New Faculty: Benjamin King
The College of Natural Sciences, Forestry, and Agriculture brought a wealth of experience and expertise to its community when it welcomed new faculty this year. Over the next few months we will feature new faculty to help you get acquainted with these new members of our community.
Please join us in welcoming Benjamin King as a faculty member to the Department of Molecular and Biomedical Sciences!
Assistant Professor of Bioinformatics
Ph.D. in Biomedical Science, Graduate School of Biomedical Science and Engineering, University of Maine
Genomics, Bioinformatics and Computational Biology
When did you discover a passion for your specialty?
My interest in this area began on the first day I worked as a summer student in a computational biology laboratory working on computer-aided drug design the summer before my freshman year at Boston University (BU) in 1990. After being accepted as a mechanical engineering major, I was fortunate to work in two research labs that summer. One was a mechanical engineering laboratory focused on nanofabrication and the other was the computational biology laboratory. I was awestruck by protein structures and the challenge of modeling those structures and decided to change my major that first day.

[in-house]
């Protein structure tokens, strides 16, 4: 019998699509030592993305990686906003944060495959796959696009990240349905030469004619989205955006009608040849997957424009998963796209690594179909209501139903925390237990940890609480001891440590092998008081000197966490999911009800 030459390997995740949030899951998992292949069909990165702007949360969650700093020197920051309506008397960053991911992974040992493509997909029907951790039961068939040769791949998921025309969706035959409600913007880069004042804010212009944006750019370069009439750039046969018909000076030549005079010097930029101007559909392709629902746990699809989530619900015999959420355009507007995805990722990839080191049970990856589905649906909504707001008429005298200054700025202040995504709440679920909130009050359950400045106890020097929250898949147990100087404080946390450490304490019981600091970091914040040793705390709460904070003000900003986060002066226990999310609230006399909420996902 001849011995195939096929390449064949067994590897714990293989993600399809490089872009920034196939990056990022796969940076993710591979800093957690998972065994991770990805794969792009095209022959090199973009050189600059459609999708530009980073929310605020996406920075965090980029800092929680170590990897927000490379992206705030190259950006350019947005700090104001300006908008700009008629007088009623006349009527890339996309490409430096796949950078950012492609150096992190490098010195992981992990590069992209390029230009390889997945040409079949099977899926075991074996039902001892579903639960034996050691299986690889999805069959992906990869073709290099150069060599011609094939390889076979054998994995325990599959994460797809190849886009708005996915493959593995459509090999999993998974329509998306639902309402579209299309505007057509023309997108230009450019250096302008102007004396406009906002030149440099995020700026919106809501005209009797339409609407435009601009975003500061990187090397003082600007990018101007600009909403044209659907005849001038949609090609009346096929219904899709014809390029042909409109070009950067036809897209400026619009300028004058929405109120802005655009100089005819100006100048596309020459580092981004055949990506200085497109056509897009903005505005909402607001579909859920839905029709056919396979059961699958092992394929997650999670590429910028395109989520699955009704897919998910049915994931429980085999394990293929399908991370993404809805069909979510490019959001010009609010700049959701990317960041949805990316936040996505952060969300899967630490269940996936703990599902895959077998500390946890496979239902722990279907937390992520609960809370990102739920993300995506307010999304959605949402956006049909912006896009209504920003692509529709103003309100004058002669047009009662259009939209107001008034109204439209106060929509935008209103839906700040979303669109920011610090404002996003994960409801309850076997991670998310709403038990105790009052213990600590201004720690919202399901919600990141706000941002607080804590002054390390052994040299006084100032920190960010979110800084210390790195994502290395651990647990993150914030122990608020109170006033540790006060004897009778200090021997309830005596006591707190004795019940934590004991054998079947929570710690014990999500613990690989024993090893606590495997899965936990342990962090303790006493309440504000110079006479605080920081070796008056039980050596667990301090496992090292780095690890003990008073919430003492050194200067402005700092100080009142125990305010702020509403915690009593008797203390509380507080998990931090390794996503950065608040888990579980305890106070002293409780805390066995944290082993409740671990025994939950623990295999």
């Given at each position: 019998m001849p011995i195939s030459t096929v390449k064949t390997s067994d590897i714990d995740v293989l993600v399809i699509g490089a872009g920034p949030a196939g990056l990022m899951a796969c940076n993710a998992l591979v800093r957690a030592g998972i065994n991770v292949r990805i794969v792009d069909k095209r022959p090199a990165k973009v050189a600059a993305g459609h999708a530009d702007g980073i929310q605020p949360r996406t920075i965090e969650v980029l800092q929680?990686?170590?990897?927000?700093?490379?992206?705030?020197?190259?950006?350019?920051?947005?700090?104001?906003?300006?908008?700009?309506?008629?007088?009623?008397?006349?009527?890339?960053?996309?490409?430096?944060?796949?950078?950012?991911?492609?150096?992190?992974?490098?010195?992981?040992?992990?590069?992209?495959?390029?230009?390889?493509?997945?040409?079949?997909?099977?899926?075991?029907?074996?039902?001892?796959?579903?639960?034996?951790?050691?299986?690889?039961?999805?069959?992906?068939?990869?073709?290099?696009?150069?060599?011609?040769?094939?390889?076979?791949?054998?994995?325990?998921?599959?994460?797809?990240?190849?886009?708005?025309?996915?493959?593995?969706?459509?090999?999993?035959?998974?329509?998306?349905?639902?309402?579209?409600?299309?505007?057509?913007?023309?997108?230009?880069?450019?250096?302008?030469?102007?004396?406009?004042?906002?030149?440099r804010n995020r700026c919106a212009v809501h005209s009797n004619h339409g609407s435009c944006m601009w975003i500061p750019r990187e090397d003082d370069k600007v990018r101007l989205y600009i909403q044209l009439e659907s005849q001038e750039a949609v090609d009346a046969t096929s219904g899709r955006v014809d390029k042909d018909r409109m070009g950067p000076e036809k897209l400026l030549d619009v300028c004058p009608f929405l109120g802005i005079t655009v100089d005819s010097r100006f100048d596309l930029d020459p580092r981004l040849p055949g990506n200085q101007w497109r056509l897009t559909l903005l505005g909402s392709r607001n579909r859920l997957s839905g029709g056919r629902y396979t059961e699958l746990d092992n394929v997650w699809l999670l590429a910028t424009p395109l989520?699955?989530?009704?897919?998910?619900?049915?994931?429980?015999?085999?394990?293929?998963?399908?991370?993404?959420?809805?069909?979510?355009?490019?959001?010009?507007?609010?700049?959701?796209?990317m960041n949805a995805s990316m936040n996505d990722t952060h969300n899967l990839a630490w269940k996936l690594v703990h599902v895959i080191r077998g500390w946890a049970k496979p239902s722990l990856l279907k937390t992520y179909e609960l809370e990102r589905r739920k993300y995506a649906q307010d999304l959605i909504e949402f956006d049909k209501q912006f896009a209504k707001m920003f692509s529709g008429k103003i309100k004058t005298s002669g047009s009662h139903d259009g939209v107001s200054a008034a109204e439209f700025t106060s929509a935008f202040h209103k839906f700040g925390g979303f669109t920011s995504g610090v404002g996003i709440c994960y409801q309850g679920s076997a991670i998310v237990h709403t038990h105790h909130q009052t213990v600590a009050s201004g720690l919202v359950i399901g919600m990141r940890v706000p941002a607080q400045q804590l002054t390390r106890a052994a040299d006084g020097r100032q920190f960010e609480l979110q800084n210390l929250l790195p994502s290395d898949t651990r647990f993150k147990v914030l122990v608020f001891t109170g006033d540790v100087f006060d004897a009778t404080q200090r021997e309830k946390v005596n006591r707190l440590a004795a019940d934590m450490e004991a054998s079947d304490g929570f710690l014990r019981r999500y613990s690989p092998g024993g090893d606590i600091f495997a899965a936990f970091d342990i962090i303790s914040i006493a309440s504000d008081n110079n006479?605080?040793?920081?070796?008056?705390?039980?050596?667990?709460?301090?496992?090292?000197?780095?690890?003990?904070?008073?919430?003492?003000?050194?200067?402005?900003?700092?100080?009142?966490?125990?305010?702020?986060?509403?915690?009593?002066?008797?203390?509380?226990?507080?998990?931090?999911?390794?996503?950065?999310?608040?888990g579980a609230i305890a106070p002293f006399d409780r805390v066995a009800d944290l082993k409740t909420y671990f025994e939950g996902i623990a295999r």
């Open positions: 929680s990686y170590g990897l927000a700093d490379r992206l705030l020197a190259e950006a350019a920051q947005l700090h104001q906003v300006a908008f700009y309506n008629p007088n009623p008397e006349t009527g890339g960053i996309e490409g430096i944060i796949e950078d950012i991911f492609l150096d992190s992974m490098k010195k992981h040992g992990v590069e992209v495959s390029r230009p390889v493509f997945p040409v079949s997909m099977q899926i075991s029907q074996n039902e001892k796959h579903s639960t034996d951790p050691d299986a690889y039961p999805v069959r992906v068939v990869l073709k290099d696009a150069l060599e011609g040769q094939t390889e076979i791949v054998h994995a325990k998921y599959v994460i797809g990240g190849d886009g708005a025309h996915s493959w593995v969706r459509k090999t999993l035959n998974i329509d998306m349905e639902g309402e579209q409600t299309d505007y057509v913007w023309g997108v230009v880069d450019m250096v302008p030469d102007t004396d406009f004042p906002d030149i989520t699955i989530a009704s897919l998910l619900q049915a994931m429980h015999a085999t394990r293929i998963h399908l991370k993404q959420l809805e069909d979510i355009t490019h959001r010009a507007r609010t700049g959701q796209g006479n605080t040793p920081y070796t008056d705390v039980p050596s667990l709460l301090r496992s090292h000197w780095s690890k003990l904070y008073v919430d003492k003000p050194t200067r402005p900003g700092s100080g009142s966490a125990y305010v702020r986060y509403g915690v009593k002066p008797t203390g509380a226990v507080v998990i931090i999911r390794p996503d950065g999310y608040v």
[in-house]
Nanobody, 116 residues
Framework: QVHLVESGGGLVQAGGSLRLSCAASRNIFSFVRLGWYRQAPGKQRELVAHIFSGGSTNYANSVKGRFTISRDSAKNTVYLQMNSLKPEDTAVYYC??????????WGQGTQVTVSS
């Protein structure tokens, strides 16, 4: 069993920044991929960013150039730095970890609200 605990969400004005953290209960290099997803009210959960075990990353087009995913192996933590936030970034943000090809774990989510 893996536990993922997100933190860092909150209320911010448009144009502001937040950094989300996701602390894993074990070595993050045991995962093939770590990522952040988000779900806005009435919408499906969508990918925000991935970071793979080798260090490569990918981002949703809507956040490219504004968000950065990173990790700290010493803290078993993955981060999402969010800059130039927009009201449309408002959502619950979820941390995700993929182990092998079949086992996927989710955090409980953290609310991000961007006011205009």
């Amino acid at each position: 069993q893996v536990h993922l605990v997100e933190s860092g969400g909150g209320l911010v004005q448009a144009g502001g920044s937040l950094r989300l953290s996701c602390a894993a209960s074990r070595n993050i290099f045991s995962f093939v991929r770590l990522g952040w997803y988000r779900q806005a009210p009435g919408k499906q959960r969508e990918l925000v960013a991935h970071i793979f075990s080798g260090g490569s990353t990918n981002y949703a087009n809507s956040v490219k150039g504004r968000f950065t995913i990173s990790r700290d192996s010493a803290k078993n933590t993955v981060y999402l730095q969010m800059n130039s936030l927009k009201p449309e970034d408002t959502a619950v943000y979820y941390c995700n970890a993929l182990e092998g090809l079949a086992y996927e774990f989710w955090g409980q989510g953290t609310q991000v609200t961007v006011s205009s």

UMaine has excellent and growing faculty and my role as the first faculty member with a background in bioinformatics attracted me to the position. I have been able to collaborate with UMaine faculty the past few years in my role as the bioinformatics core director for the NIH-funded IDeA Network of Biomedical Research Excellence (INBRE) program that is led by MDI Biological Laboratory. I have a passion for teaching and co-organize courses at Cold Spring Harbor Laboratory and MDI Biological Laboratory. The opportunity to teach and mentor students was a big draw for me. On a personal note, I grew up in Orono and very much enjoy being back in the community.
What is one thing you look forward to in the coming year?
Starting a new course in bioinformatics that will give both undergraduate and graduate students an introduction to this rapidly expanding field.